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stead of corn fpirit, for which it is universally admitted they have a preference. This method would likewise diminish the consumption of spirits, and probably leave a considerable deficit in the revenue, after indemnifying the distillers; for it appears in evidence, (Report, p. 335.), that so small a rife as id. on the gallon would injure the consumption, and a rise of id. affect it most materially, although the price would still be id. lower than that of rum. But the manner of equalizing the duties most likely to be proposed, is to reduce the duty on rum considerably below that on corn spirit, so that the whole price to the consumer may be lowered. If so much only of the duty is taken off, as will make the two fpirits fell for the same price, upon the present prime cost of the articles, the preference for corn fpirit, and the competition of the distillers and corn-dealers, will prevent the corn fpirit from being displaced by rum. To effect its exclusion, a considerably greater reduction of duty must be made ; and this cannot be estimated at less than 25, 6 d.; so that the price of rum shall stand at 138. The revenue will, by this change, lose 25. 6 d. on all the rum, and gain about is. Ód, on an amount equal to the corn spirit at present consumed. The annual average consumption of British plantation rum in Great Britain, for six years ending 1806, was about 2,778,000 gallons. The average of all sorts consumed must have been somewhat higher. For three years ending 1807, it was about 3,041,000. We may state this 3,000,000 gallons, then, as nearly the quantity upon which a loss, fay of 25. 6d. per galion, would be incurred, or 375,000l. The quantity of corn fpirit consumed in England, on an average of the years 1805 and 1806, was about 2,925,000 gallons; and, estimating the quantity consumed in Scotland by the proportion of the Scotch to the Englith distillation, the whole consumption of the island was about 3,000,000 gallons,—the gain of is. 6d. on which would be about 227,cool. ; so that a deficit of 148,cool. would happen to the revenue, instead of an increase, out of which to indemnify the distillers for the total loss of their stock and trade. But if the reduction is only 24. per gallon--making the price of rum 135. 6d., or about 25. a gallon lower than it now is, and only is. lower than corn spirits, ---even then, the whole gain of the revenue will be a trifle of goocl. for a fund of compensation +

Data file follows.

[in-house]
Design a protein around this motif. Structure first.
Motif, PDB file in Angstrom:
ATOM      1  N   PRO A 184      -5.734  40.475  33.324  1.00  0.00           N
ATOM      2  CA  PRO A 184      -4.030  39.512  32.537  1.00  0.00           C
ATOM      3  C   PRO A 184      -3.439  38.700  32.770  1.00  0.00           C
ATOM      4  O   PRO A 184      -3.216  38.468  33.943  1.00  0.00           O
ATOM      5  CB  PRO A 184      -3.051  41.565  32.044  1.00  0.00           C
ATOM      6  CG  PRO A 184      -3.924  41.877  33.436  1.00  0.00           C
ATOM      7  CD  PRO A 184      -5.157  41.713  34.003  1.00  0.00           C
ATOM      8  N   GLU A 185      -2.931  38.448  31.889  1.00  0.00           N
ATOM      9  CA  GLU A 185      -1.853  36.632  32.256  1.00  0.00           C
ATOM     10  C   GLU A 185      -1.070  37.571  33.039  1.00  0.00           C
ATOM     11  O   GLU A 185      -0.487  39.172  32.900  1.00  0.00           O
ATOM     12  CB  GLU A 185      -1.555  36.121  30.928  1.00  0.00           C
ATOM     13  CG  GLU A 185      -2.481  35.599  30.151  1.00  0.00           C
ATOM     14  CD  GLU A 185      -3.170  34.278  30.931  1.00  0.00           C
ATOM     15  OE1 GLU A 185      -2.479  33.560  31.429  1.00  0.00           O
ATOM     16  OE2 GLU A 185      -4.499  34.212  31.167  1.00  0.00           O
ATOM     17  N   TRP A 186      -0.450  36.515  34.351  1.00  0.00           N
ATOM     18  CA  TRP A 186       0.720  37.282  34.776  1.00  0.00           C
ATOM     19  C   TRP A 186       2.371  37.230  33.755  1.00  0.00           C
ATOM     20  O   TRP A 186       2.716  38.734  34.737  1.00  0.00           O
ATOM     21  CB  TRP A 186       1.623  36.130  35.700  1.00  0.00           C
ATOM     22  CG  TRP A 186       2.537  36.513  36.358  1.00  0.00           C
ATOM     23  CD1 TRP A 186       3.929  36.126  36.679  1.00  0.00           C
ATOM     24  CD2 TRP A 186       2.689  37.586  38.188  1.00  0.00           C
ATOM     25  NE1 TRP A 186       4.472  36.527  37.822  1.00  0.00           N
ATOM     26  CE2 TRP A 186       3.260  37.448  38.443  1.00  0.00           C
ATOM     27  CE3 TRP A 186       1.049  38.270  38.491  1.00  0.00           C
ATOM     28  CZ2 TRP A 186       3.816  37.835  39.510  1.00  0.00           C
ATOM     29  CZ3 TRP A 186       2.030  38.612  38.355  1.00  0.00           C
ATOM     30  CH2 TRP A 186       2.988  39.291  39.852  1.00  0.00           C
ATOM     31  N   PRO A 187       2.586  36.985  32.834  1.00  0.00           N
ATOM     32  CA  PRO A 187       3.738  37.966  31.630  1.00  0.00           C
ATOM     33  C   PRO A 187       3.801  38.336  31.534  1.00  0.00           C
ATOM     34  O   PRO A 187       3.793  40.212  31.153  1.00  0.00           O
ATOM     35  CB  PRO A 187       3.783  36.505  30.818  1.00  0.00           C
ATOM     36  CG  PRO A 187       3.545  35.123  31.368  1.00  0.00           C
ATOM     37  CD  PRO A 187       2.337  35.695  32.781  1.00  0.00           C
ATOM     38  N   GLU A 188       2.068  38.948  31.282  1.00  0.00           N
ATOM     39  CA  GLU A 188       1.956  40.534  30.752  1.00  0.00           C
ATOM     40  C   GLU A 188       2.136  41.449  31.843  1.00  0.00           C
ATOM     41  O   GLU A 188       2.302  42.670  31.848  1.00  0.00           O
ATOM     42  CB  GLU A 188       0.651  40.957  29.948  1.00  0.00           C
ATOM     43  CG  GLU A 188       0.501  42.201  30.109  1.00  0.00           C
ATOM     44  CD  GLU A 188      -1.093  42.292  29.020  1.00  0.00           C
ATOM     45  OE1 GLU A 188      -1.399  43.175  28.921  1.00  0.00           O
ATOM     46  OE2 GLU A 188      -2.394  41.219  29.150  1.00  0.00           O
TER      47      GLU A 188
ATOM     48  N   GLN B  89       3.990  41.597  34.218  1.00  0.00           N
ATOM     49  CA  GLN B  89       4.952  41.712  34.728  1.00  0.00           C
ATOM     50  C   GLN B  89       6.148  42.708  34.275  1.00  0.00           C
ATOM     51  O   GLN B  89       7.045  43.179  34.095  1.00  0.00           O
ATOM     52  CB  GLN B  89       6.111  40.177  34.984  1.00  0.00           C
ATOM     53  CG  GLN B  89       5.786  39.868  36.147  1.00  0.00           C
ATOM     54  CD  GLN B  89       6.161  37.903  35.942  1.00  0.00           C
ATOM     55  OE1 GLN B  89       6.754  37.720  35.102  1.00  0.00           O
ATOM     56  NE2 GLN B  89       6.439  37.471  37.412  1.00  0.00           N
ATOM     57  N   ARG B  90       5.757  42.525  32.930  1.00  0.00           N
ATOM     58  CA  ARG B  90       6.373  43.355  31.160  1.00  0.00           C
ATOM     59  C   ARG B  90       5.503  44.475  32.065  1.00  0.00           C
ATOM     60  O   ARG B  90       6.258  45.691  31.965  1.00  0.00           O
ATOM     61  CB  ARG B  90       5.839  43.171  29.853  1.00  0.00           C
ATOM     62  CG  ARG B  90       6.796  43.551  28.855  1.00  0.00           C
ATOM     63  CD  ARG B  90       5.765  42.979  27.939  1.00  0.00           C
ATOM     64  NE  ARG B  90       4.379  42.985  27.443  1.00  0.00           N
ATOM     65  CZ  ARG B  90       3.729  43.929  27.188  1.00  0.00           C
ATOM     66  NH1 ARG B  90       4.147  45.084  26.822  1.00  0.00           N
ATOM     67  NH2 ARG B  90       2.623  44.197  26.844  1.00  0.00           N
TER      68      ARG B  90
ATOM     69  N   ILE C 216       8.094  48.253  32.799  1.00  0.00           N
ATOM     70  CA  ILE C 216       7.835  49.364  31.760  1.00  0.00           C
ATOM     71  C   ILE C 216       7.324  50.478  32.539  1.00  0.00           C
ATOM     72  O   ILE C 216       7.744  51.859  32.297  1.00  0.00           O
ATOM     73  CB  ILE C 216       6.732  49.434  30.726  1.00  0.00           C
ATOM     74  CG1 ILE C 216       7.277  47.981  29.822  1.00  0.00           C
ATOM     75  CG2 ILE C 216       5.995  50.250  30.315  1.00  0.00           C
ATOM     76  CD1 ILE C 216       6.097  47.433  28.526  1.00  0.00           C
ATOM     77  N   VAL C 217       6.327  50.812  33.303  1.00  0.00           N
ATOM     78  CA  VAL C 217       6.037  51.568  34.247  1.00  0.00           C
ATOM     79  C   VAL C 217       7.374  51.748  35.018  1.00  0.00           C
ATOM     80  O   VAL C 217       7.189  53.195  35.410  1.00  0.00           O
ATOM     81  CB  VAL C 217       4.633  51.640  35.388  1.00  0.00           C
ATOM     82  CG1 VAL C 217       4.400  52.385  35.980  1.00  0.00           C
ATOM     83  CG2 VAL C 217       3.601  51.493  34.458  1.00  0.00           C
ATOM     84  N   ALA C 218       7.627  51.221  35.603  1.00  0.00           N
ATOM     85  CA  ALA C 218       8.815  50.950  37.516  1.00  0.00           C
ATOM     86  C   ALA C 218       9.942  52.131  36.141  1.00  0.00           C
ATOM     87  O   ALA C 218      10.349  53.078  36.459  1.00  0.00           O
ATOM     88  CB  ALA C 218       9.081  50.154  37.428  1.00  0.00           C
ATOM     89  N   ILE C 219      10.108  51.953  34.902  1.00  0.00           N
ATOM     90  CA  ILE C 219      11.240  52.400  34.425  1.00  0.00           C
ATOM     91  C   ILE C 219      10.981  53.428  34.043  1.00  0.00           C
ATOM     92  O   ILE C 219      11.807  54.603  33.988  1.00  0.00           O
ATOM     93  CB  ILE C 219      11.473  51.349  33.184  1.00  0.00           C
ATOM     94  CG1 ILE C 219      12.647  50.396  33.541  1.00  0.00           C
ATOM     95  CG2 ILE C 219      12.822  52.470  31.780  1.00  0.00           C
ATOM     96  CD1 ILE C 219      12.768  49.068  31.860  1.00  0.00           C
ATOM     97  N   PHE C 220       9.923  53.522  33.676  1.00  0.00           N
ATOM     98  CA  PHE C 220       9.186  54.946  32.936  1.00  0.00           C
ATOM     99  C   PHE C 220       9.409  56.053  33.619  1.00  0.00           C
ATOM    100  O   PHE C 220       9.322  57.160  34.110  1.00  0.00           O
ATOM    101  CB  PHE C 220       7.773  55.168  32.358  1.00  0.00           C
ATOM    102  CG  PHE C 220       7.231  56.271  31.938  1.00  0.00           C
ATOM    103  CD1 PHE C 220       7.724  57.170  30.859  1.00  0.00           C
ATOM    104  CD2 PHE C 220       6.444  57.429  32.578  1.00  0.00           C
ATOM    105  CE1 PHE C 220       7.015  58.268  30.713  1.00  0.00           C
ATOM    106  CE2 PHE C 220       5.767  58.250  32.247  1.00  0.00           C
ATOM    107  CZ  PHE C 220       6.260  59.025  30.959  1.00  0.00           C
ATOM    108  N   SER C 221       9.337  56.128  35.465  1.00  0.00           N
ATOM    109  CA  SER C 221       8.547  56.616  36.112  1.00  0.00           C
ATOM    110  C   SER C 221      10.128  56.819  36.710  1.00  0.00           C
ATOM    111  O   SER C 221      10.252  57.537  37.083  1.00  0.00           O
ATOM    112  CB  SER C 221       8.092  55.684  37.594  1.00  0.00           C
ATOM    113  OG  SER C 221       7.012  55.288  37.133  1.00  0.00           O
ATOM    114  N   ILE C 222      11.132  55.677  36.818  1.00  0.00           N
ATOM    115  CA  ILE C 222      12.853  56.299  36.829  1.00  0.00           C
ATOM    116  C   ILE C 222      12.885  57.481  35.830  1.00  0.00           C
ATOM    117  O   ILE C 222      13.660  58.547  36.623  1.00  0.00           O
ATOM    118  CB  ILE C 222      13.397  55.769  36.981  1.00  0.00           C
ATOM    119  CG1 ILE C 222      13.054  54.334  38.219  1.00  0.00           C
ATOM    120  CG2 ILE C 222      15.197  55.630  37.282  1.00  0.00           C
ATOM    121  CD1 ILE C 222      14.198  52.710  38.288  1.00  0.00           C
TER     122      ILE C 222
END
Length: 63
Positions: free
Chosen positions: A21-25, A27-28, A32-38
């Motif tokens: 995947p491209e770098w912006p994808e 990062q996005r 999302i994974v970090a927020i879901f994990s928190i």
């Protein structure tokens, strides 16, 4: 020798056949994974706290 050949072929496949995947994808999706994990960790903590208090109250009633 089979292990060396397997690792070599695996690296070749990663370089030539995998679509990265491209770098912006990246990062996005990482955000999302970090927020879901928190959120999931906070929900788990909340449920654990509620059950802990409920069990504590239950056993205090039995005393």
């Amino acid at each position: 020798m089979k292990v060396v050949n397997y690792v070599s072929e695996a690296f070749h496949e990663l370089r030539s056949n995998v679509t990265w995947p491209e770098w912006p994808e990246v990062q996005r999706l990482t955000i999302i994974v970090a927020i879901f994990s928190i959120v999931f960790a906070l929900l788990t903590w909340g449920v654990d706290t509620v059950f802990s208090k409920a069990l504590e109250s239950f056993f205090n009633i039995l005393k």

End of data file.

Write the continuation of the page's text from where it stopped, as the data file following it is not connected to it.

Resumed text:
We have now been supposing, that the consumption of spirits will remain the same as before, although the price is very mate

rially of It would manifestly be unfair to take 1807 as a criterion of the consumption of corn spirits; for, by Mr Jackson's evidence, it appears that a very extraordinary, and indeed unaccountable increase irad taken place in the use of spirits for that year.


rially lowered. This, however, cannot be expected to be the case. The consumption will greatly and rapidly increase; and surely, by this increase, the revenue and the planters will be the only gainers. No evil that can be stated, except perhaps the danger of famine to which the same measure will expose us, is more to be deprecated than the increased taste for spirituous liquors. It will fall entirely on the lower orders, whose health and morals must thus be widely and irreparably injured, in order to alleviate the distresses brought upon the planters by the African slave trade. The proposers of this plan, therefore, are reduced to a dilemma;either the consumption of spirits will remain at its present rate, or will increase ;-in the one case, the plan considerably injures the revenue;- in the other, a more likely case, it is infinitely detrimental to the morals and health, and ultimately to the wealth also of the community.